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Invisible Yet Conspicuous

“Sometimes I feel I am invisible and the next second I am terrified of how much I stand out.” ~Kerry Kijewski

wotm instagram kerry2Have you ever felt like Kerry? One minute you feel like you’re invisible yet at the same time you feel anxiety for being conspicuous?

Blindness, especially when you use mobility aids that make your disability apparent to the world can give you a feeling of bringing undue attention to yourself. It’s true when you are out in public with tools of independence you do stand out. You might feel a little apprehensive or even panic-stricken but here’s the thing by pushing through the fear you will find your strength.

People are going to look, they are going to presume to know what your story is by outward appearances, they may even go so far as to say rude things to you but until they know you, they don’t know you. Just keep being you, you are more than your disability and maybe you do stand out in the crowd but that’s okay because you made the decision to continue living your life by moving forward and that is outstanding. You are OUTSTANDING!!

Image: Kerry Kijewski is smiling and showing off her new Abigail (Abby) “Relax It’s Only A Cane” black tee.

#outstanding #exceptional #fabulous #impressive #rise

14 thoughts on “Invisible Yet Conspicuous”

  1. “Just keep being you, you are more than your disability and maybe you do stand out in the crowd but that’s okay because you made the decision to continue living your life by moving forward and that is outstanding. You are OUTSTANDING!!” Excellent advice.

  2. I think you’re right Bruce. Sitting behind a computer has made it emboldened many others who probably wouldn’t be so antagonistic in person. I also hang onto the hope that there is hope for us as a human race to overcome the negativity.

  3. Sound advice for all of us Steph to just be ourselves and be very confident in who we are. Especially in these times. Some people will always stereotype and presume. It may be that group is more vocal and outgoing now rather than their numbers are actually growing. At least that’s what I’d like to think…we aren’t “losing” more folks to that behavior. Have a great weekend Steph!

  4. The negativity and hatred used to gain and retain power is frightening. It’s such a huge problem and so insidious. Ugh. I have a feeling it’s going to be worse before it gets better. Keep smiling and spreading the love, Steph.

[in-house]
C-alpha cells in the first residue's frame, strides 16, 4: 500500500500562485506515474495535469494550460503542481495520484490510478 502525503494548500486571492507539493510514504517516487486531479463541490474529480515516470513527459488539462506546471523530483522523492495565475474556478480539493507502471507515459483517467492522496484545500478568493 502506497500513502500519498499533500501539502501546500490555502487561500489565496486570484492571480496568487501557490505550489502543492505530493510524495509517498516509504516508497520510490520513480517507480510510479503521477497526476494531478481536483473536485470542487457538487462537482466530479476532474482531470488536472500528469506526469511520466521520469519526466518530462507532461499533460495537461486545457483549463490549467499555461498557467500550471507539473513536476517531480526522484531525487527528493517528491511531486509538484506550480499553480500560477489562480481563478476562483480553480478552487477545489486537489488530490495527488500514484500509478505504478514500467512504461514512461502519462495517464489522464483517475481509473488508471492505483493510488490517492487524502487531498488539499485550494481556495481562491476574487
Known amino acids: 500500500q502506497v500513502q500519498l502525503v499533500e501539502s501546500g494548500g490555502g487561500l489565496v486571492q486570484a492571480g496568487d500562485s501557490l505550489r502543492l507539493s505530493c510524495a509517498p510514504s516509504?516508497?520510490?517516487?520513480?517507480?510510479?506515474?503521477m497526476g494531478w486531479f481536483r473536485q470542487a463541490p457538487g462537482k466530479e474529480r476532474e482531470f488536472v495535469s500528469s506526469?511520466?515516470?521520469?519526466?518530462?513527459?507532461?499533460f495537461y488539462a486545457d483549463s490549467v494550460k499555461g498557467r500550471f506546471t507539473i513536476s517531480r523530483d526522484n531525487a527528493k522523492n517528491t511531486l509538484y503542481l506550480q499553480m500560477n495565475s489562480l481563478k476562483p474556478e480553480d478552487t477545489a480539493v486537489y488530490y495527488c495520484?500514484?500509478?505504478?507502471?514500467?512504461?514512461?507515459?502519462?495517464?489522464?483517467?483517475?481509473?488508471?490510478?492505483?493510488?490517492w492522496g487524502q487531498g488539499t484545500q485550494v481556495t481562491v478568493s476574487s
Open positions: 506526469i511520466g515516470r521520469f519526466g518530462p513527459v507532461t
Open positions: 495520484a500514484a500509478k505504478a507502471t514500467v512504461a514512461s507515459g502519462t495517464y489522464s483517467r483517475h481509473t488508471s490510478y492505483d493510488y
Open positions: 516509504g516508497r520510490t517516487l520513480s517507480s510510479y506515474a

5. Thanks Diana!! 😊 Unfortunately we are living in times of almost pure hatred. There was an article about a situation concerning lack of accommodation for a blind individual and many of the comments in response were vicious. It really does boggle the mind.

  6. Thank you for your kind words Albert. As I get older I find there is always something to be grateful for and just “being” is awe-inspiring. So when I look at all the things the brain and human body of capable of it blows me away. I understood the gift of sight from an early age because I was born severely near-sighted but was unaware of it until I received my first pair of eyeglasses. So I feel so grateful to have had so many years where my vision could be corrected.

    Your comment of being respectful of others is huge because I think with the advances in technology and so called connection we are further apart now than ever before. I think having manners, being respectful and showing compassion would go further in helping us be more connected.

  7. You are “unknowingly helping someone else” in another way too–those of us who take sight for granted (me, for one) and are not thankful every day for the beauty we see and the freedom we have. Also by being out and about with assistance equipment reminds us to be respectful of persons who are living proudly with whatever they are given.

  8. You’re too kind David, thank you😘 It is a little different since I can no longer see facial expressions and I’m never sure if the white cane gets in the way. Truth is, depending on the situation I also feel anxiety. For example yesterday I went for my eye appt with the retina specialist and as soon as I walked into the waiting room I felt the glances but I took my seat and proceeded to fill out paperwork. This is a process in itself as I take pictures of the forms so I can enlarge the text to complete them. The way I deal with my insecurity is reminding myself that my walk is bigger than me and I realize I could be unknowingly helping someone else who’s struggling with sight loss.

  9. I’m sure you do stand out in a crowd Steph, but only because you’re a beautiful lady with tremendous style and a personality to match. Knock ’em dead.
    xxx Massive Hugs xxx

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